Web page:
MESA COUNTY, Colo. – The redistricting of Colorado is a once in a decade process for congressional seats, but keeping counties together is easier said then done.
The Redistricting Commission staff explain the reasoning behind the new divisions of the proposed state senate map. “To the extent possible, staff kept municipalities that included portions of two counties together or split those municipalities at the counties border,” Julia Jackson, Colorado Independent Redistricting Commission explains, “We considered the public comments the commissions have received and attempted to reserve as many community interests as possible.”
Jackson continues to explain the new state senate map, “Senate District 8 and District16 is where the population gets tricky, so you can see what we did here Senate District 8 takes Delta and Gunnison counties down here and then the rest of Mesa County, the rest of Garfield County and then curves up west Colorado.”
The Redistricting Commission must submit three maps, a congressional, state senate and house. The new proposed congressional map will split District 3 into a southern and western district that has many rural Colorado residents feeling unheard. “We need our group to stay together, we need these counties together,” Cindy Dozier, Former Board Chair of Club 20 said.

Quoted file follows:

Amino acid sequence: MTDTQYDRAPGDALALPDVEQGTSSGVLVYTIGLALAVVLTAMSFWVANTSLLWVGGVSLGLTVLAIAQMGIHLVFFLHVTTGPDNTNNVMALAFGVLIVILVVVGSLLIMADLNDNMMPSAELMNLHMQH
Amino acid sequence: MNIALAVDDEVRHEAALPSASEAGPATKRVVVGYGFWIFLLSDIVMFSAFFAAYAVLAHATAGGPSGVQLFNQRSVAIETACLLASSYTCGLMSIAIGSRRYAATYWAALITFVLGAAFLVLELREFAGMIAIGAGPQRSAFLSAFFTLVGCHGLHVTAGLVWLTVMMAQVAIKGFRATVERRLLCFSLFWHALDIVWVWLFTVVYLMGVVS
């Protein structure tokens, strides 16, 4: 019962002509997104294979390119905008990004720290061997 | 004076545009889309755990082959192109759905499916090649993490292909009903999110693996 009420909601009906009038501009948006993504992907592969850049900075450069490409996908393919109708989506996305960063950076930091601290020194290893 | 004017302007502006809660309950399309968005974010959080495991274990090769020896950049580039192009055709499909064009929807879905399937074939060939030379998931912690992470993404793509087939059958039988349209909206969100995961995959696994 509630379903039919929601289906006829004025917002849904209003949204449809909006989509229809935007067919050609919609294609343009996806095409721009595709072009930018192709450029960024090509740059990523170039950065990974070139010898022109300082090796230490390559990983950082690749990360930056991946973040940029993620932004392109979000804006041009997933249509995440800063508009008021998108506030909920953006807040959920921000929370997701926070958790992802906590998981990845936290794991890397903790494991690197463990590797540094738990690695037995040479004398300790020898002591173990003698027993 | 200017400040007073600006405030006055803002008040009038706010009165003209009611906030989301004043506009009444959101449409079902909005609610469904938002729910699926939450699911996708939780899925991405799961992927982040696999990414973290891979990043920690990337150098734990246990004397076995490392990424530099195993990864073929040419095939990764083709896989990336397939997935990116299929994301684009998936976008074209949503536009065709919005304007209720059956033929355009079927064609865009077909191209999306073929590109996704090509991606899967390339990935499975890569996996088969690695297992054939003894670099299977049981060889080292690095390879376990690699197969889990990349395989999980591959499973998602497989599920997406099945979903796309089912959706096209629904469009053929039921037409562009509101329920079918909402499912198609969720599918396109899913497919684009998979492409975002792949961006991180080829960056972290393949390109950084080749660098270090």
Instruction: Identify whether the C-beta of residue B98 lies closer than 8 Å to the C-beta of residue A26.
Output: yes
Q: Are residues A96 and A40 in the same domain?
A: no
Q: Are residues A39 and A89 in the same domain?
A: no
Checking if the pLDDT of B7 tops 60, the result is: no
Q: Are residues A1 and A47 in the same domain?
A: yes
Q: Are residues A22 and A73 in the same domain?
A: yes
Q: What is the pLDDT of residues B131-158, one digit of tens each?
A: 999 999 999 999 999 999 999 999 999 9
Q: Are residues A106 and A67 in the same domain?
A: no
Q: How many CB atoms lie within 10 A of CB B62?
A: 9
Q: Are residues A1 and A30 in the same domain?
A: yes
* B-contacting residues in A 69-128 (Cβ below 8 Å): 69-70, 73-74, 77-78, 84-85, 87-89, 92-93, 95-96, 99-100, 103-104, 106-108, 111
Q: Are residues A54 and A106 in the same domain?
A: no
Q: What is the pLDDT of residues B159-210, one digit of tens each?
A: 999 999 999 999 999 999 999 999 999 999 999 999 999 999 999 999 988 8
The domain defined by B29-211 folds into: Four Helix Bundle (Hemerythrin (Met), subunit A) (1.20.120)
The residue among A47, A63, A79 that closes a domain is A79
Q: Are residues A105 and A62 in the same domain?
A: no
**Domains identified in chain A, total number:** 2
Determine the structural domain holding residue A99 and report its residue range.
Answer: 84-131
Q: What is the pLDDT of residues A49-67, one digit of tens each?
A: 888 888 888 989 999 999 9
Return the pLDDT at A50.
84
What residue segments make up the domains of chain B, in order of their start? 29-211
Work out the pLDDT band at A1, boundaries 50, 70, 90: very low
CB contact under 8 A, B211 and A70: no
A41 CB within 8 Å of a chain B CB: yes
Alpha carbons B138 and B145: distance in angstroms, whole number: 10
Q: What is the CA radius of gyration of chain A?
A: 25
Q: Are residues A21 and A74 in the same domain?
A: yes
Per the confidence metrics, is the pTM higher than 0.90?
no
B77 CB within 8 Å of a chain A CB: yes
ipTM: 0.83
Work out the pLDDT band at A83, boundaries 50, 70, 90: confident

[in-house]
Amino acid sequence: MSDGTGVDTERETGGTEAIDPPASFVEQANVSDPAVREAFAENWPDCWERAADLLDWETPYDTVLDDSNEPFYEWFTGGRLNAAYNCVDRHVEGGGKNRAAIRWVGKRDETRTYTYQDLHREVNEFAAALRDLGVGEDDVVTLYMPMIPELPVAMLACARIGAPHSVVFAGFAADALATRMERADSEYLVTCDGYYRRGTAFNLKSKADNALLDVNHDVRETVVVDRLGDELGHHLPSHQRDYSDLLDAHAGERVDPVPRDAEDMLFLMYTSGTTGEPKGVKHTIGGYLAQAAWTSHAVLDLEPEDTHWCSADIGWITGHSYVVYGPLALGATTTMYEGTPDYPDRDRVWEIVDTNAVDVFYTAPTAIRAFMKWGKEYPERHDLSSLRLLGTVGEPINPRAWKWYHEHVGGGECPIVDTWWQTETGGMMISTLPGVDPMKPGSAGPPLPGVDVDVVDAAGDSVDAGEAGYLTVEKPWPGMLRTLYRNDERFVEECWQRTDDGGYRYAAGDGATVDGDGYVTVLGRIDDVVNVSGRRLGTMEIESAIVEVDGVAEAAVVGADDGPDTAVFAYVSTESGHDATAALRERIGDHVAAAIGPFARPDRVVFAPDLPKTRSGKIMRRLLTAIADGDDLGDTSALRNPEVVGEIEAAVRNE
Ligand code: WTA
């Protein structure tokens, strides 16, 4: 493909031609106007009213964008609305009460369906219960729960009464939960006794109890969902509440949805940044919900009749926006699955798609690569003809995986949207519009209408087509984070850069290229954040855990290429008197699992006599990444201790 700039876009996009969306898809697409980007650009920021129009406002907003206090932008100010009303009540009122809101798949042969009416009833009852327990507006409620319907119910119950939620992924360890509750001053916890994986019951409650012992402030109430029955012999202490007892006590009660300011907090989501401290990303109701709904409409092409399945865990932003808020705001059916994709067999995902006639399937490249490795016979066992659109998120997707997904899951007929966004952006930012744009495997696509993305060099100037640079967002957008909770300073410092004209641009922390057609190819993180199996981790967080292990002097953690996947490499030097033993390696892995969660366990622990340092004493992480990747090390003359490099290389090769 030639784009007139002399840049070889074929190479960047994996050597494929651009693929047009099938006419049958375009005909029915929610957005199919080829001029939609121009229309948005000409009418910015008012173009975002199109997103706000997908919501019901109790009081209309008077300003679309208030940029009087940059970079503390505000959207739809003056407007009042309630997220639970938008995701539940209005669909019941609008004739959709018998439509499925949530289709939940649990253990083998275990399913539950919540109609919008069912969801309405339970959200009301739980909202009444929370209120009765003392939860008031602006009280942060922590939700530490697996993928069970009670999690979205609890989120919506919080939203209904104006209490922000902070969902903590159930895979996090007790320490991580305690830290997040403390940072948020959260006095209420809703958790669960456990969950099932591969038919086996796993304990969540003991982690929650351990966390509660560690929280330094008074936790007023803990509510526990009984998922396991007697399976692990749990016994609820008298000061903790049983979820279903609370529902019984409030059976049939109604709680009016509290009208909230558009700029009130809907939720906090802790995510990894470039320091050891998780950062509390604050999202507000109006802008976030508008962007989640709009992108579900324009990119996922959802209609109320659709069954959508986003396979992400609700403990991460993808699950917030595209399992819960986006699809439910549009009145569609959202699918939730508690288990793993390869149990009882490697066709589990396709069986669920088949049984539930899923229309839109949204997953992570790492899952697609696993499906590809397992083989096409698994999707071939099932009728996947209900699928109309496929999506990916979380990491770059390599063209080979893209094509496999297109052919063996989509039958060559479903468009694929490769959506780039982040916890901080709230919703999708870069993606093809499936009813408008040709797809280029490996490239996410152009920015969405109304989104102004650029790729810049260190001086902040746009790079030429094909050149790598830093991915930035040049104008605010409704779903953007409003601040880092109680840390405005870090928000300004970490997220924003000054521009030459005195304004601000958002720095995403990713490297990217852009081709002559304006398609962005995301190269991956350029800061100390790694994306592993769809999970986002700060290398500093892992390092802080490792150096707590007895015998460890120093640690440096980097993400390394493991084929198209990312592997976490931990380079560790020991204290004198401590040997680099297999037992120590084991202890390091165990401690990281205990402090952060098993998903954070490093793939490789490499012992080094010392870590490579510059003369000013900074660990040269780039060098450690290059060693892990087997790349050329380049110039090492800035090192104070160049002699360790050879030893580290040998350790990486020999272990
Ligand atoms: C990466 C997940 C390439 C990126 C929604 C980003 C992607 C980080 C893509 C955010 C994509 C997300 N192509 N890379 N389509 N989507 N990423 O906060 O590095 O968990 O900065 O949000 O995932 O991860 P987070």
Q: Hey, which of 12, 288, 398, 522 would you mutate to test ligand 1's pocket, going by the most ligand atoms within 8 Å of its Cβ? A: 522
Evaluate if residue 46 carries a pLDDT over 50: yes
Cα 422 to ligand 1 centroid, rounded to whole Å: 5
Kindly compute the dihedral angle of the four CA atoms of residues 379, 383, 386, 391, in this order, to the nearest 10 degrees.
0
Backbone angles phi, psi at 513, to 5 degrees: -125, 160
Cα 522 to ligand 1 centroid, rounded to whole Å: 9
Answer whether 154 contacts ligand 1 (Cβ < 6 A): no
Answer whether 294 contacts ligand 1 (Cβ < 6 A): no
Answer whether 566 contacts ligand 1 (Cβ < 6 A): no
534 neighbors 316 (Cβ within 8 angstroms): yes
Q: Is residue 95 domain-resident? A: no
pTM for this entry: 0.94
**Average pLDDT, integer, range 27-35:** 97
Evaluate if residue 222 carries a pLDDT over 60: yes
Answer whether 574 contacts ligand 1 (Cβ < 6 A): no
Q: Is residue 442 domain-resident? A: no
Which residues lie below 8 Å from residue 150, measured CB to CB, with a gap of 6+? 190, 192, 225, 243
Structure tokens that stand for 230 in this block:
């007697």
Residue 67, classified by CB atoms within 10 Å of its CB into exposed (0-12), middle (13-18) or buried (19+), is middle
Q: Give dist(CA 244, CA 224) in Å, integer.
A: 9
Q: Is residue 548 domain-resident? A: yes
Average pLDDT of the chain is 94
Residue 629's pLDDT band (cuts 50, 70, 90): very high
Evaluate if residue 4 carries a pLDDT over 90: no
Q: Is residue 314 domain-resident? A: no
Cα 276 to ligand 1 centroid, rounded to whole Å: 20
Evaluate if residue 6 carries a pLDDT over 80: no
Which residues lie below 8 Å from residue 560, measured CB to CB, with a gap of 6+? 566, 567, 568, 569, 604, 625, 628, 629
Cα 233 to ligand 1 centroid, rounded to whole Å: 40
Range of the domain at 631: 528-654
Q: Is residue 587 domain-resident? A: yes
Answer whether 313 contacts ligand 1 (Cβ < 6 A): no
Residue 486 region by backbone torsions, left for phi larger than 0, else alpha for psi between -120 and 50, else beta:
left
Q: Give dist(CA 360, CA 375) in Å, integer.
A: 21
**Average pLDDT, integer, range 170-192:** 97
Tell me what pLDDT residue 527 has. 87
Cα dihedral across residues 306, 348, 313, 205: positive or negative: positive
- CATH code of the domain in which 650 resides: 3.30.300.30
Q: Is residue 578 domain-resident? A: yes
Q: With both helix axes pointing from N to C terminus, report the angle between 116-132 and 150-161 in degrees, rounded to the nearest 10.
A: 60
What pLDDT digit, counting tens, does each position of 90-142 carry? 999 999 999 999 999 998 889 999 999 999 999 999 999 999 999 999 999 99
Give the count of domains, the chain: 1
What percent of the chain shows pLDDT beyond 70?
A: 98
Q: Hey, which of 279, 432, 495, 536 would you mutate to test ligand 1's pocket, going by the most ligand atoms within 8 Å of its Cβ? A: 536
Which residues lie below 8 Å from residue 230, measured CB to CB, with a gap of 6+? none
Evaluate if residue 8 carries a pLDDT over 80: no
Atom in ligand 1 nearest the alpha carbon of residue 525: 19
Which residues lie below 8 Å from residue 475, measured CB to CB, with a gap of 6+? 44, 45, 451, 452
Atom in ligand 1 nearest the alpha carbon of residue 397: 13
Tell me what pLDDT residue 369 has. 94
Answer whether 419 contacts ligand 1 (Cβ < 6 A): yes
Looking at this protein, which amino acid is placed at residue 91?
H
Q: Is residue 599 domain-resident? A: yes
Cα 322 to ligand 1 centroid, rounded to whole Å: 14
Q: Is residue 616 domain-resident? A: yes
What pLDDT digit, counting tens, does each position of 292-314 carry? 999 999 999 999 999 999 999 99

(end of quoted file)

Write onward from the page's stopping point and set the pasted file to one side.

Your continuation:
Jackson responds to public concerns, “I hear you about Mesa County, we got a lot of testimony this time about trying not to split Delta County which has been split a lot in the past, sometimes it is just where the population lies,” Jackson explains.
Club 20 has proposed a congressional map themselves that aims to please population demands and community interests. “I believe that Club 20, Action 22 and Pro 15 all three of the rural organizations determined that it would be wise to be proactive and to create a map that gave rural Colorado a voice, kept the western slope whole and kept our number one community interest which is water intact,” Dozier said.